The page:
Review: ‘The Tattooist of Auschwitz’ by Heather Morris

My rating: ⭐️⭐️⭐️☆☆

I am drawn to true stories and those based largely on fact, but it was the hype around this book that first put it on my radar.

“Lale Sokolov is well-dressed, a charmer, a ladies’ man. He is also a Jew. On the first transport from Slovakia to Auschwitz in 1942, Lale immediately stands out to his fellow prisoners. In the camp, he is looked up to, looked out for, and put to work in the privileged position of Tätowierer – the tattooist – to mark his fellow prisoners, forever. One of them is a young woman, Gita, who steals his heart at first glance. 

His life given new purpose, Lale does his best through the struggle and suffering to use his position for good.”

Holocaust tales are by their very nature brutal and confronting, yet often counterbalanced by extraordinary courage, resilience, compassion and hope – the very worst and best of human behaviour. This book is all of those things and more. At its core, a love story for the ages.

But while my head tells me the story of Lale and Gita is profoundly moving, my heart didn’t feel it. For me, the writing falls a bit flat. Heather Morris writes in an instructional, factual way, using lots of pedestrian dialogue – perhaps a nod to her screenwriting background. I struggled to engage with the characters and immerse myself in their experience. There was no light and shade; no drama; no build-up of tension and suspense. I was looking for pictures and sound to give the story added dimension.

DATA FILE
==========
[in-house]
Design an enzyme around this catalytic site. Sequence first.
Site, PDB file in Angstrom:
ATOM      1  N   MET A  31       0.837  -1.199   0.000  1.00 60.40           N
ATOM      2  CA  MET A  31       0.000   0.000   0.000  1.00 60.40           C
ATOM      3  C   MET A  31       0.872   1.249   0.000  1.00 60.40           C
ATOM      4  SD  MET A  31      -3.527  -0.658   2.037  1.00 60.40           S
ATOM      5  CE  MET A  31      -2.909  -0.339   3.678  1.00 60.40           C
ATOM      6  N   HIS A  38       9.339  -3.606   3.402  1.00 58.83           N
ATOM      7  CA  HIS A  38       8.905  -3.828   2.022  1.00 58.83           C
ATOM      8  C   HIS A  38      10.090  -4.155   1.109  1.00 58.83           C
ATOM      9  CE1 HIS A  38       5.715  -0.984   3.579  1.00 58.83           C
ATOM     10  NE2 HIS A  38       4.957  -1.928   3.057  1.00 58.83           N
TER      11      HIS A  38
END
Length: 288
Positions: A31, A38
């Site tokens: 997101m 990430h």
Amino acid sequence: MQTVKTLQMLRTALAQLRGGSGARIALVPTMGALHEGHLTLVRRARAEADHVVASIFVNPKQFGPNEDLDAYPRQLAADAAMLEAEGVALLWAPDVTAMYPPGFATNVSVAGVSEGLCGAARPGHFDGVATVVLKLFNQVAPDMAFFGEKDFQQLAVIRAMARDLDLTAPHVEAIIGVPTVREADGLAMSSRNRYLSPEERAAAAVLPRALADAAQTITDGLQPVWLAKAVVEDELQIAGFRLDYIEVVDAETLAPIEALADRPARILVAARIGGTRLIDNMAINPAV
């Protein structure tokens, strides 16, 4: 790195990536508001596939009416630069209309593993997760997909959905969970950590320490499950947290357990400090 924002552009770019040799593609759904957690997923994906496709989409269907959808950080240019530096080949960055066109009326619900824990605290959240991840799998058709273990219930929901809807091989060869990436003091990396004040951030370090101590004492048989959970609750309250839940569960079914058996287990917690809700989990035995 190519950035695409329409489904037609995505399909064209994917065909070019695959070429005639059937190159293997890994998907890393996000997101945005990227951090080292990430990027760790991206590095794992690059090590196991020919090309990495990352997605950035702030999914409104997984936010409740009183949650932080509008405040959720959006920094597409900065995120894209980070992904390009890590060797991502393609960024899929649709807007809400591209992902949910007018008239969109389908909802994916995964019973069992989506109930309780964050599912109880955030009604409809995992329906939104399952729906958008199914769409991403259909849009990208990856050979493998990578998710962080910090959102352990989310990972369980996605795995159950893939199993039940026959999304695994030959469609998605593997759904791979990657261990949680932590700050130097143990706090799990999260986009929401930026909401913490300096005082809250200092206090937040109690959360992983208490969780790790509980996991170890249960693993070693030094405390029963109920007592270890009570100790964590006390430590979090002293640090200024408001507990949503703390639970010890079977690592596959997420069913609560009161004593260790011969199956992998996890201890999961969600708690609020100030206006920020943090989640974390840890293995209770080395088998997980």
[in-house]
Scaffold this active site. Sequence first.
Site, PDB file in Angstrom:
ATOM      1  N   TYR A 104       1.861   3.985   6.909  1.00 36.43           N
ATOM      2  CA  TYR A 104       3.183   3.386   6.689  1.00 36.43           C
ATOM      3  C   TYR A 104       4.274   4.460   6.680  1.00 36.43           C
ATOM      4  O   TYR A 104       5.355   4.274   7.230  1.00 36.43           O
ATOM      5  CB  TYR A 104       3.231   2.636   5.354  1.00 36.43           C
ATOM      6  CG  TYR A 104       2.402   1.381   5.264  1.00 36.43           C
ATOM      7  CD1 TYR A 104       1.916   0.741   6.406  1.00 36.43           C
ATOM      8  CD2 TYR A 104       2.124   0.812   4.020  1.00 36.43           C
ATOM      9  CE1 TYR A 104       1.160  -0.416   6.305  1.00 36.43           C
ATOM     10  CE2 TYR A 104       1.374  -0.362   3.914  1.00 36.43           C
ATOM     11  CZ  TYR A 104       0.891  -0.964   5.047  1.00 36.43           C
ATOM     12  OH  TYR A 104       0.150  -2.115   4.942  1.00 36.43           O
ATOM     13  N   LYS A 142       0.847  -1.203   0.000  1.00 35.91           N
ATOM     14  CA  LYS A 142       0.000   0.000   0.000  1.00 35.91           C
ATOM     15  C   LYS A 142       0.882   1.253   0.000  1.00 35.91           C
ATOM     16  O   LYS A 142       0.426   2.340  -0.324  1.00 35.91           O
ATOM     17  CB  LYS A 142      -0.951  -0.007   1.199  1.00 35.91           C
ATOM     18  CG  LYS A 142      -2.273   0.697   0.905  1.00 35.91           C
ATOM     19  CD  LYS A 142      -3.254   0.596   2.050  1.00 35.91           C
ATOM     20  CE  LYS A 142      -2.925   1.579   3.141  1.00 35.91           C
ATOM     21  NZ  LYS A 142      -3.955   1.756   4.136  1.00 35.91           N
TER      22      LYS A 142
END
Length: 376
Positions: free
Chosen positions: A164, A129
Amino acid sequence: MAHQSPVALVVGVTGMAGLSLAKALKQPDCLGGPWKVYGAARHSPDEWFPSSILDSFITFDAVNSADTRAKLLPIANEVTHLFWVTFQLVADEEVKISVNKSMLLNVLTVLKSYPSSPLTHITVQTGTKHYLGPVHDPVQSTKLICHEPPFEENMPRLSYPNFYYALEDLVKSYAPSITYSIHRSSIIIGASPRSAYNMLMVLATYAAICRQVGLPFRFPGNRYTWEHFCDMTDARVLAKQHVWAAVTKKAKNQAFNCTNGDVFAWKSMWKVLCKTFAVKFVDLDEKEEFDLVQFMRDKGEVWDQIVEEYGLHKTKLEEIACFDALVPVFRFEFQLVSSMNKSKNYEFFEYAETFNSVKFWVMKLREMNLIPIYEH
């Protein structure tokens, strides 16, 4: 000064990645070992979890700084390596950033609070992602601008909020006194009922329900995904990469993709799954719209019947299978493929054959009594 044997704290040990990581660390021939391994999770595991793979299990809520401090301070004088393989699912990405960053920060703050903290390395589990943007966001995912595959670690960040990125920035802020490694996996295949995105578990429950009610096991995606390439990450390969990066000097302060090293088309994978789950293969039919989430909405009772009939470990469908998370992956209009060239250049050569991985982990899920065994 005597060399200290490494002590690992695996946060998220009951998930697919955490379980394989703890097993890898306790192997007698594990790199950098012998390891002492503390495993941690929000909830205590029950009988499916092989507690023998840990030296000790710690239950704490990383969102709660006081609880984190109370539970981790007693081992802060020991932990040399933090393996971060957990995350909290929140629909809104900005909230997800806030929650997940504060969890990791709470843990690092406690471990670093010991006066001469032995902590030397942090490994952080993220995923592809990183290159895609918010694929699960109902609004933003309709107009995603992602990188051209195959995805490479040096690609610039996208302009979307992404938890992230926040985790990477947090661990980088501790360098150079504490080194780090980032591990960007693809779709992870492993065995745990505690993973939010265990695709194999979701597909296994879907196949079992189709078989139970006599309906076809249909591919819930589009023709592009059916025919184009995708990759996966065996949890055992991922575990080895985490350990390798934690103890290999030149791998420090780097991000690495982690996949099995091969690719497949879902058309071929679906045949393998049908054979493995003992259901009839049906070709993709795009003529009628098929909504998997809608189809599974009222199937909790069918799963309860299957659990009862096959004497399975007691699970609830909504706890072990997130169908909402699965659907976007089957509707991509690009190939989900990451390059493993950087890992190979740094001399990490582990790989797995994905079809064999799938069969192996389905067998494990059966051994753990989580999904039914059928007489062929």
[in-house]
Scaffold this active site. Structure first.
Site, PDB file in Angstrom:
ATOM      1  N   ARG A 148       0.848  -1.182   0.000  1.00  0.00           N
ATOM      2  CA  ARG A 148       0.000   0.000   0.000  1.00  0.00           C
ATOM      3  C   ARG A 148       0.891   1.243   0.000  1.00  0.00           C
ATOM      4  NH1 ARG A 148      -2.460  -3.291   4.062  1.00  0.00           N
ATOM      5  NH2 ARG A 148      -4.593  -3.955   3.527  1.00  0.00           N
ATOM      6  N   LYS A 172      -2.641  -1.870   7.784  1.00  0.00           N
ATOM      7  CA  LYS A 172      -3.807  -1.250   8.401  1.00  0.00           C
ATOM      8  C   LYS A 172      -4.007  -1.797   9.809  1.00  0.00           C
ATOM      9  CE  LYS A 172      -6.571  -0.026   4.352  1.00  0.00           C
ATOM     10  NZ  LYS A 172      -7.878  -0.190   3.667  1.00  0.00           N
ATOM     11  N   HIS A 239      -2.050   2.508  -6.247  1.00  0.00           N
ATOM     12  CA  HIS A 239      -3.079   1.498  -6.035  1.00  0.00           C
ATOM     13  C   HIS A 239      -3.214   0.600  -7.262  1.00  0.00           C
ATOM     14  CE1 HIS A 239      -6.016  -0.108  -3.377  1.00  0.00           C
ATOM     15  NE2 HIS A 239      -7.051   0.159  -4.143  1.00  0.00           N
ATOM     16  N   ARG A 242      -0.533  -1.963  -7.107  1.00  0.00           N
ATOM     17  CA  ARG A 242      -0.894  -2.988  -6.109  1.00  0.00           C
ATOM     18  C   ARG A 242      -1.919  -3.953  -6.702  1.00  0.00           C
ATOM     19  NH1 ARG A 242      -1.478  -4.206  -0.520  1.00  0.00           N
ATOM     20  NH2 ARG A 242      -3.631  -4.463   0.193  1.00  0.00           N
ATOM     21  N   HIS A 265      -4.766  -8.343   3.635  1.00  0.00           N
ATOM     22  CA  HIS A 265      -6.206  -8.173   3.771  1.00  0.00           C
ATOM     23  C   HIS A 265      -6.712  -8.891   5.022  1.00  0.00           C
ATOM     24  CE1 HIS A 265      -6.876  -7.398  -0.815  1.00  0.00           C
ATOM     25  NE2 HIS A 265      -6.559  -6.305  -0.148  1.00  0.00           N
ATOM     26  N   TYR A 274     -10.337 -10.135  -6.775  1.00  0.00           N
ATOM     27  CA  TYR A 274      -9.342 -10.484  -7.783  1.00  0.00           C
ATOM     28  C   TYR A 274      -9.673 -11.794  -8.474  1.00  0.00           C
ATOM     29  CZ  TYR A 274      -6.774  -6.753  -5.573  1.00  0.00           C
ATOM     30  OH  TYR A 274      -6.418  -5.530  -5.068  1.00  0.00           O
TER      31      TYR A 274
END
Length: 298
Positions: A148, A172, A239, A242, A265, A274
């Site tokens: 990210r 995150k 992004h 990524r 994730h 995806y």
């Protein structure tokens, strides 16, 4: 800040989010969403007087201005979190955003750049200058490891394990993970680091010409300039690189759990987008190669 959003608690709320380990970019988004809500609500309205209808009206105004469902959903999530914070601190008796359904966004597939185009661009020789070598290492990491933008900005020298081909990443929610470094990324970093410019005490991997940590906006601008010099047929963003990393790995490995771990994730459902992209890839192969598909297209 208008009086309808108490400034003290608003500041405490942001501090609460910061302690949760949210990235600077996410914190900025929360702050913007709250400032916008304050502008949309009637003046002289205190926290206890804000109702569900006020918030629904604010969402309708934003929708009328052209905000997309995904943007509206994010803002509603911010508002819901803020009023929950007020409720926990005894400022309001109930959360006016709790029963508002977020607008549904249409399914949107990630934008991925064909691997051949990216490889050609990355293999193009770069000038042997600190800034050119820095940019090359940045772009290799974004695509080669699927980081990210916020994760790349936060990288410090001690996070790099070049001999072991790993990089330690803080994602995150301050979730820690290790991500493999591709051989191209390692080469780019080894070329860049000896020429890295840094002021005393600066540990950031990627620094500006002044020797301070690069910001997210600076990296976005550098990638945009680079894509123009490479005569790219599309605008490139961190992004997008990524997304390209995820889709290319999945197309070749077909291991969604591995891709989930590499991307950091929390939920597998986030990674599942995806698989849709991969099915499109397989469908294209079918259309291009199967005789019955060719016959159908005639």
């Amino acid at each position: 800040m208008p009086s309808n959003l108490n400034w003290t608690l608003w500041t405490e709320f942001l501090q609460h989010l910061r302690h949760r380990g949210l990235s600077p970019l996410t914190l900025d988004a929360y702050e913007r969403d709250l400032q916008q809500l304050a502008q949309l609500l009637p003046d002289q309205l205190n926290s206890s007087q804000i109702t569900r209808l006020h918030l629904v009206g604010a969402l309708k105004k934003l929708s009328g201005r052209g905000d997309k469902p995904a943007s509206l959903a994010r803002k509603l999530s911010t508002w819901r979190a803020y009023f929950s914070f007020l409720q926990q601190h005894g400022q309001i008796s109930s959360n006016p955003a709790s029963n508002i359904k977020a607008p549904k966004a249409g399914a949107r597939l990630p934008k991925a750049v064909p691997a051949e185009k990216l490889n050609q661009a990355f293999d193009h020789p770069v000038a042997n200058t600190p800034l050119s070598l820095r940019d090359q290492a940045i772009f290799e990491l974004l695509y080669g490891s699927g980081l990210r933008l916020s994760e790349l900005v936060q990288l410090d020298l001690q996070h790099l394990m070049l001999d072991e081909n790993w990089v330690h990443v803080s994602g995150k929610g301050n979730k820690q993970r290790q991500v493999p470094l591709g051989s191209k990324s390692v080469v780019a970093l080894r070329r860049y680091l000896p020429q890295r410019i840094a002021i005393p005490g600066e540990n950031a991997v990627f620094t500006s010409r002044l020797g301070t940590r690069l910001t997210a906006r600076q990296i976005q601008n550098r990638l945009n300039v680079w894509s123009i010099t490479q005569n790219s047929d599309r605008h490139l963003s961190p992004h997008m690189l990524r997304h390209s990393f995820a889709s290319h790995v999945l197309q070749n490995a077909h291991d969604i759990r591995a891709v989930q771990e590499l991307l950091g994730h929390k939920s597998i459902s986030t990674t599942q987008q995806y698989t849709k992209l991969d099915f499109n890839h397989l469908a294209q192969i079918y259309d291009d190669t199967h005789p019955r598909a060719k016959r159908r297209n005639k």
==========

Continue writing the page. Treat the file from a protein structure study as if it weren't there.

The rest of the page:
Nonetheless, this is an incredible story, meticulously compiled and faithfully honouring the recollections and reflections of a true Holocaust survivor. If that’s what you’re looking for, you may well enjoy this book.

2 thoughts on “Review: ‘The Tattooist of Auschwitz’ by Heather Morris

    1. Danielle Post author

      Thanks for taking the time to comment, dannybloom. Clearly, many readers are offended or, at the very least, disturbed by apparent inconsistencies, errors or omissions in this book. Since it is characterised as a novel based on a true story rather than an autobiography or historical work of non-fiction, I’m comfortable with the artistic licence used by the author to enhance the story. It is, after all, based on the memories and recollections of an ailing, elderly man. And for me, the truth in the love story of Lale and Gita does not hinge on the small details. Others may of course see it differently.

      Reply

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